Deal With VW Will Help Suzuki Survive, And Maybe Thrive
*** out of 5
The Suzuki SX4 is an honest if rather anonymous little car, but with prices starting at £11,750 it might not seem fantastic value for money either. Suzuki has tweaked the bodywork and improved the engines of the SX4, which it calls a combination of SUV and car. It is a little higher than most small cars, and there is the option of four-wheel drive.
Suzuki has added some exterior touches to try and lighten up the design. There’s an aluminium bar under the tailgate at the back. There are rubber strips down the side, and the roof bars for extra luggage add a rugged look to the car.
The 1.6 litre petrol engine has 10 per cent more power than the old one, with 10 per cent lower fuel consumption and 13 per cent fewer carbon dioxide (CO2) emissions. Suzuki claims an average of 45.6 mpg. I managed only 38.8 mpg in conditions designed to maximize economy – mainly rolling along country roads at 50 to 60 mph in top gear with no overtaking. The 118 hp petrol motor sounds a bit gruff and unsophisticated under acceleration, which doesn’t amount to much. It really struggles when you put your foot down on the highway, which I did briefly.
The interior is very impressive with high quality, silver and black seats and well designed dashboard and dials. The leather steering wheel and aluminium surrounds added to the quality feel inside. There’s plenty of room for five, and the boot is what you’d expect. The air conditioning was top class. I managed to get my mountain bike in the back after folding down the rear seats and not having to remove its wheels. But the seats don’t fold down into the floor like a Honda Jazz. The five-speed manual gear box was excellent; the steering was too. The ride was comfortable enough.
When the SX4 was launched four years ago, Suzuki called it the world’s first mini-SUV, and I said at the time that the company hadn’t had much impact in Britain, despite one of its cars – the Liana – being driven around the Top Gear track every week. Well, Suzuki is still around, with the handsome and practical Grand Vitara SUV and beautiful little Swift leading the way. The SX4 is made in Hungary, alongside the Swift, and the Fiat Sedici, which is the Italian’s version of the SX4.
Suzuki has dumped the old 1.9 litre diesel, in favour of a new 1.6 litre 88 hp one from Peugeot.
I drove the SZ4 version with two-wheel drive and a 1.6 litre petrol engine. This version had keyless entry. There’s plenty of standard kit, with fog lamps, six airbags, remote central locking, automatic air conditioning, heated door mirrors, MP3/WMA compatible CD tuner with eight speakers, and four electric windows.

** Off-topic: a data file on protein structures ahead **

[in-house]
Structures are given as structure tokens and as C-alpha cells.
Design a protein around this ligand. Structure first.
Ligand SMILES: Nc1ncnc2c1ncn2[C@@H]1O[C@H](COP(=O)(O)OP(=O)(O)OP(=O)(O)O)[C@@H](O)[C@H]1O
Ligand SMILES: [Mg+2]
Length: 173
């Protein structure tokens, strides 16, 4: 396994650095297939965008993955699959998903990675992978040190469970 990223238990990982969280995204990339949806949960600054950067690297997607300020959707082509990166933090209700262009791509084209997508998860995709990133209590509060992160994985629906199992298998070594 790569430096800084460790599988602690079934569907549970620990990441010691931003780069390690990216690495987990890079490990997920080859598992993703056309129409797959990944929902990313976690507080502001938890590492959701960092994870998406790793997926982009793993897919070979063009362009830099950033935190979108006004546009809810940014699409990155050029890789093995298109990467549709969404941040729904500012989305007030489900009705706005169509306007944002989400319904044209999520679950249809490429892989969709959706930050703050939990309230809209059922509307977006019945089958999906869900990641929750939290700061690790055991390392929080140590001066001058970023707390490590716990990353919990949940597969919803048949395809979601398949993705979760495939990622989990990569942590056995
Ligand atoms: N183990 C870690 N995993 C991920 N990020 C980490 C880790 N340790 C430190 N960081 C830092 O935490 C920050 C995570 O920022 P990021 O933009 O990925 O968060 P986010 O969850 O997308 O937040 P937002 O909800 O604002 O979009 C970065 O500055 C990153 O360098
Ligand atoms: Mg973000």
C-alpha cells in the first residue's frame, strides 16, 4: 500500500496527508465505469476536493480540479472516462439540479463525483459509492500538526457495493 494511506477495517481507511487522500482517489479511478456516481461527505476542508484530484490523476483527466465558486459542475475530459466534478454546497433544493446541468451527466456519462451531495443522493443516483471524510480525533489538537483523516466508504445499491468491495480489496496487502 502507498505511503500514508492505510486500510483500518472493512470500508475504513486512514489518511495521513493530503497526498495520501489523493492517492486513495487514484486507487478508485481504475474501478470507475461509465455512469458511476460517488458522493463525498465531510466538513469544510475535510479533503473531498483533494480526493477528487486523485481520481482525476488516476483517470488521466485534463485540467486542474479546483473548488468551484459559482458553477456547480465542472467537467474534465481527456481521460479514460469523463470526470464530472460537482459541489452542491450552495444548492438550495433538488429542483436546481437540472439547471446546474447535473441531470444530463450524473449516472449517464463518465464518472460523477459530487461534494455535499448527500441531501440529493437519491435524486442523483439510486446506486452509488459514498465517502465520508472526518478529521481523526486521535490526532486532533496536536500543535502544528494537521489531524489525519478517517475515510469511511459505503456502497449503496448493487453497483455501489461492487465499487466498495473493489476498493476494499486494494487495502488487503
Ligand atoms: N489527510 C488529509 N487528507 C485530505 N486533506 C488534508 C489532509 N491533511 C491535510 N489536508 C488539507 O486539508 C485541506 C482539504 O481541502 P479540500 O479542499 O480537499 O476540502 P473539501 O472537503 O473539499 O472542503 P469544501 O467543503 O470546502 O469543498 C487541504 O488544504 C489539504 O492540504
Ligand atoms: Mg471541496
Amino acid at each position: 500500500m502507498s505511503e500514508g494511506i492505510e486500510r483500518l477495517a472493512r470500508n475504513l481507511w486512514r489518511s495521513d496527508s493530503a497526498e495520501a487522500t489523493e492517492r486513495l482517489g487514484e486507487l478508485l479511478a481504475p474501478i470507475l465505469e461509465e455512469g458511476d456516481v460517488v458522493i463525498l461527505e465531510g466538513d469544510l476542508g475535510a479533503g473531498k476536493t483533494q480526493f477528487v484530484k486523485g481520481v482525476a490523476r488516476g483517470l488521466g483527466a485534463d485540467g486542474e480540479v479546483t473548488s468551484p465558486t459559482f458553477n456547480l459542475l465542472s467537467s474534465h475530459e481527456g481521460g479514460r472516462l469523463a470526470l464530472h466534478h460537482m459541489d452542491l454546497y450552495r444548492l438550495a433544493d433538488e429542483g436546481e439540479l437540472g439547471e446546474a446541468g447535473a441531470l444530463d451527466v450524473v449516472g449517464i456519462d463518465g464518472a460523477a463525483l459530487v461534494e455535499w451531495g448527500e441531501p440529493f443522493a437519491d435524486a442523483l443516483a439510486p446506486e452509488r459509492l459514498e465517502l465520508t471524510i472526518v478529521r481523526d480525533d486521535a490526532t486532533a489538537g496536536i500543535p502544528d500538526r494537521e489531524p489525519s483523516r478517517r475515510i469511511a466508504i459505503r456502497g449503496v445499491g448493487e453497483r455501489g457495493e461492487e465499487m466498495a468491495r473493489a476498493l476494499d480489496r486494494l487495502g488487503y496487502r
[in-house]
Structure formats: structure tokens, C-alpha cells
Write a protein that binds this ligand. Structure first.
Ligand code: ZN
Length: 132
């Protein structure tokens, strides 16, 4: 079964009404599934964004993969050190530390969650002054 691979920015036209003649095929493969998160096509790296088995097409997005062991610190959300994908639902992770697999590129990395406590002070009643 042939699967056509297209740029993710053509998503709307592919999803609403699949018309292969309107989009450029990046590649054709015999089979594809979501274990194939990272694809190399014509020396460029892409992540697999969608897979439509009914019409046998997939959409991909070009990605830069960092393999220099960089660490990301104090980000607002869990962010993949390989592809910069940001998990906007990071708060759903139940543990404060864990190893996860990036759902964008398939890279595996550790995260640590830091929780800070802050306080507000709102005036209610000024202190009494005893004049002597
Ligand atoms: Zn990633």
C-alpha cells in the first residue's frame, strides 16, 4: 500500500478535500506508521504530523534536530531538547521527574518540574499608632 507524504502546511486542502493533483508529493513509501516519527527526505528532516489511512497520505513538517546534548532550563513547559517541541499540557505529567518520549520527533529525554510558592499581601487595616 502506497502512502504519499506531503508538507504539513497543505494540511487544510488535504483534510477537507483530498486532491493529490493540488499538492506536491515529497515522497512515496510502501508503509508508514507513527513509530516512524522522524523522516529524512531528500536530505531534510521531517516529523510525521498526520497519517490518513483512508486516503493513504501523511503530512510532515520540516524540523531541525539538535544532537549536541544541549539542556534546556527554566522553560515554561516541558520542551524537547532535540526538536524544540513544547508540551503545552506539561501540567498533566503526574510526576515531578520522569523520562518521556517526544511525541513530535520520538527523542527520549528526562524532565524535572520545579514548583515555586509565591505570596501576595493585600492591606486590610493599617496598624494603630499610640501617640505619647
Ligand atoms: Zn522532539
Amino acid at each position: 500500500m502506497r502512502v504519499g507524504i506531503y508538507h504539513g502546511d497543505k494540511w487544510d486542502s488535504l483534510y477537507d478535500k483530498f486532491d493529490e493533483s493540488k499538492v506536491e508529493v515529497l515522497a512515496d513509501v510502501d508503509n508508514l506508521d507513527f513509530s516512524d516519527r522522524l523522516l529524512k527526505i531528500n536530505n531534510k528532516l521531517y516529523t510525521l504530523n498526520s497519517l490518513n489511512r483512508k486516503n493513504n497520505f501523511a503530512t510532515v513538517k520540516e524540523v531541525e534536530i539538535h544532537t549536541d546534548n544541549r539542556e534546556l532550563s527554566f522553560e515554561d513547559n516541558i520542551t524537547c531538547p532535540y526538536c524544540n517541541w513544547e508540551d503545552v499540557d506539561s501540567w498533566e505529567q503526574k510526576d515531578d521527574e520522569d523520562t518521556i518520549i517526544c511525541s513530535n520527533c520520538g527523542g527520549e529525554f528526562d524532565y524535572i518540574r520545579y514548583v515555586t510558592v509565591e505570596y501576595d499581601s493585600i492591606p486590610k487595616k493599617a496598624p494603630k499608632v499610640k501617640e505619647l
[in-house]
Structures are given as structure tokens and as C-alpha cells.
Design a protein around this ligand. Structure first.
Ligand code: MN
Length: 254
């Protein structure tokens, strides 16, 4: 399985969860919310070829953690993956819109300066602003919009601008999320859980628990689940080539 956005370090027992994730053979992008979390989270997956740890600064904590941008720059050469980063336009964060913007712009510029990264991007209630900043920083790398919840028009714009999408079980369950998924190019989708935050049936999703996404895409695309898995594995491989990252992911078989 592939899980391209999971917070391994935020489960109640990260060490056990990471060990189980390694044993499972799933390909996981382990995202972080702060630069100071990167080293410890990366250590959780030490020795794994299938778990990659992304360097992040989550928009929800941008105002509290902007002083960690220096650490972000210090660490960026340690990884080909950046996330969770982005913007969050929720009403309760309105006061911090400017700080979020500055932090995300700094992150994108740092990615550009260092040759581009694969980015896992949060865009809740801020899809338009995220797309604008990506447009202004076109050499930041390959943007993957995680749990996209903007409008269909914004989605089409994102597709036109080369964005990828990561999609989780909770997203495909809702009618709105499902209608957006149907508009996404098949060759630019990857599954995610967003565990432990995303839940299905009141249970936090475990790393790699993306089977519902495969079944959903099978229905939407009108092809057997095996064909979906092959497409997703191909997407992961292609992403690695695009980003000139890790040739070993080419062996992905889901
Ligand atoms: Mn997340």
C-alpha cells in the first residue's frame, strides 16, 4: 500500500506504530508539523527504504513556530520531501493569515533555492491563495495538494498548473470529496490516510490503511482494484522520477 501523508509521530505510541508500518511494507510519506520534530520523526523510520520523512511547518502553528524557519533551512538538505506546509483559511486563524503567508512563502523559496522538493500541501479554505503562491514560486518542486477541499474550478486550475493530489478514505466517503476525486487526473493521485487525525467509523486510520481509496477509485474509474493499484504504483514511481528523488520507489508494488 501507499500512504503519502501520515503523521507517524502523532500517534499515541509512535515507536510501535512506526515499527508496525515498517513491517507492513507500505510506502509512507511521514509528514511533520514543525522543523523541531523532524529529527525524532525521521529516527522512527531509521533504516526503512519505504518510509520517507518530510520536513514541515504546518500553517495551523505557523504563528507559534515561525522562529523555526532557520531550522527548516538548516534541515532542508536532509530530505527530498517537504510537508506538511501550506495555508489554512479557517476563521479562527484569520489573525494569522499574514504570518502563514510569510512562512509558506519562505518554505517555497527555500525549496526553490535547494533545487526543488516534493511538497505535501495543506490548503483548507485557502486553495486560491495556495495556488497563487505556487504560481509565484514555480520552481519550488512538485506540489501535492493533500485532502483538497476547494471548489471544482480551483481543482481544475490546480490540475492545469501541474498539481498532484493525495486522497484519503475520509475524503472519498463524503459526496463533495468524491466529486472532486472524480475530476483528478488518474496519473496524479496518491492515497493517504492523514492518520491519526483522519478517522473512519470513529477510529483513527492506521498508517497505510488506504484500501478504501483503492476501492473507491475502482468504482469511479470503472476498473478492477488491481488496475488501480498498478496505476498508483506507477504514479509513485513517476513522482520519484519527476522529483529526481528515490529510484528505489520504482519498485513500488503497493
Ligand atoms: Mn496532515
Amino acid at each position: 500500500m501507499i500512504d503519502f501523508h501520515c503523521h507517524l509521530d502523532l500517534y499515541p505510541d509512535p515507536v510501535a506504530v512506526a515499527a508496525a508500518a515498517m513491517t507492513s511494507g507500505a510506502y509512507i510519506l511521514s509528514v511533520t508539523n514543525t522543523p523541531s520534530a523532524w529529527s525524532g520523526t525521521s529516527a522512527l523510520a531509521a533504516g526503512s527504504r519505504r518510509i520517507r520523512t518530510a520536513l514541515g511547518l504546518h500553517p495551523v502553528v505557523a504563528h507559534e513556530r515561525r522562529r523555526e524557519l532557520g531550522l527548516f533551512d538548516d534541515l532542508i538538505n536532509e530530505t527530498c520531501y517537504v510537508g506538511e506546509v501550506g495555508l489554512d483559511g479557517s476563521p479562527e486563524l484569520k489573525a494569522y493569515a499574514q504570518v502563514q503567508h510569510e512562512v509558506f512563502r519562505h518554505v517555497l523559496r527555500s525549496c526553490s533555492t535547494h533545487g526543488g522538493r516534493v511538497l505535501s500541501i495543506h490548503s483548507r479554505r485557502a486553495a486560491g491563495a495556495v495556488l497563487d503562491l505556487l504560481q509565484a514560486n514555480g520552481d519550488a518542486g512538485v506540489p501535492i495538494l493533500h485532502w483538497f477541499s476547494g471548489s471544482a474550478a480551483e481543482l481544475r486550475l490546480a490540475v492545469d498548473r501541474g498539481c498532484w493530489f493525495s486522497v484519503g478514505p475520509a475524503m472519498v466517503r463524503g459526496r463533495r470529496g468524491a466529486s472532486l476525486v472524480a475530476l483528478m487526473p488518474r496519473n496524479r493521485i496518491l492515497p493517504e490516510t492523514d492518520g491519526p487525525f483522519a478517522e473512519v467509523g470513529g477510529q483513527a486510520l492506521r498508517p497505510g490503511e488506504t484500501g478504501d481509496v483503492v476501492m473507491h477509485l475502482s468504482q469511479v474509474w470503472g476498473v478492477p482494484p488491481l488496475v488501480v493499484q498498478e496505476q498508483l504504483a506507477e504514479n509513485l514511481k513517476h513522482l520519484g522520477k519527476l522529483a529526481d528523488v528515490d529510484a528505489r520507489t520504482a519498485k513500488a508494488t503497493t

Suzuki is obviously doing something right, in its careful, unspectacular way. Recently German giant VW took a 20% per cent in the company, a deal which was warmly received by many investors, not least because of Suzuki’s success in of all places, India.
“Suzuki offers VW access to industry-leading small car expertise and facilitates a future expansion in the Indian market. Simultaneously, Suzuki gains access to VW’s advanced power-train knowhow, which remains prohibitively expensive for the relatively small operator,” said Nomura International analyst Dorothee Cresswell.
VW has said the Indian market is set to expand almost 130 per cent between 2008 and 2018, making it the highest growth region in the world.
“Suzuki enjoys a market share of over 50 per cent (in India), while VW controls less than one per cent of the market,” Cresswell said
Under the terms of the deal, VW will buy a one-fifth stake in Suzuki Motor for $2.5 billion. Suzuki will invest some of the proceeds in buying a 2.5 per cent stake in VW’s equity.
Bernstein Research analyst Max Warburton said this will help VW because it continues to struggle with the economics of small car production in Europe and emerging markets, while Suzuki has an exemplary record of making small cars profitable, and enviable emerging markets exposure.
“Suzuki has great strengths in small cars but lacks strong expertise in electronics, diesels, hybrids and medium and large cars. It has also struggled to build a strong position in Europe, and ever since problems with the roll-over performance of its small SUVs in the U.S., has barely hung on in North America. A partnership with VW would arguably give Suzuki access to technology and better geographical distribution,” Warburton said.
There were some cautionary thoughts though.
“They may be a good strategic fit at a time when the recession and environmental regulation are making all car makers reassess their business models. But they are also fiercely independent family companies, which may make any benefits more difficult to deliver,” said the Wall Street Journal’s Heard on the Street column.
Soon after the deal was announced, a newspaper report from Bangalore, India, said VW and Suzuki would develop a small car for India costing between $4,300 and $5,400, replacing the big selling Suzuki Alto. The report said the car would be destined for Europe, where it would fit in below the new Up, priced at about $8,800.
Meanwhile, Suzuki is renewing its fabulous little Swift next month, and I’ll be at the launch to tell you about it.
Neil Winton – July 4, 2010
|Suzuki SX4 SZ4 1.6 l
|Engine:||1.6, 4-cylinder petrol
|Power:||118 hp @6,000
|Torque:||156 Nm @ 4,400
|Acceleration:||0-62 mph-100 km/h 10.7 seconds
|Top Speed:||115 mph-185 km/h
|Fuel Consumption:||claimed combined – 45.6 mpg/6.2 l/kms - WintonsWorld test - 38.8/7.3
|Emissions class:||Euro 5
|Service Intervals:||9,000 miles
|Warranty:||60,000 miles/3 years
|Boot capacity:||270/625 litres
|Against:||that’s no reason to buy anything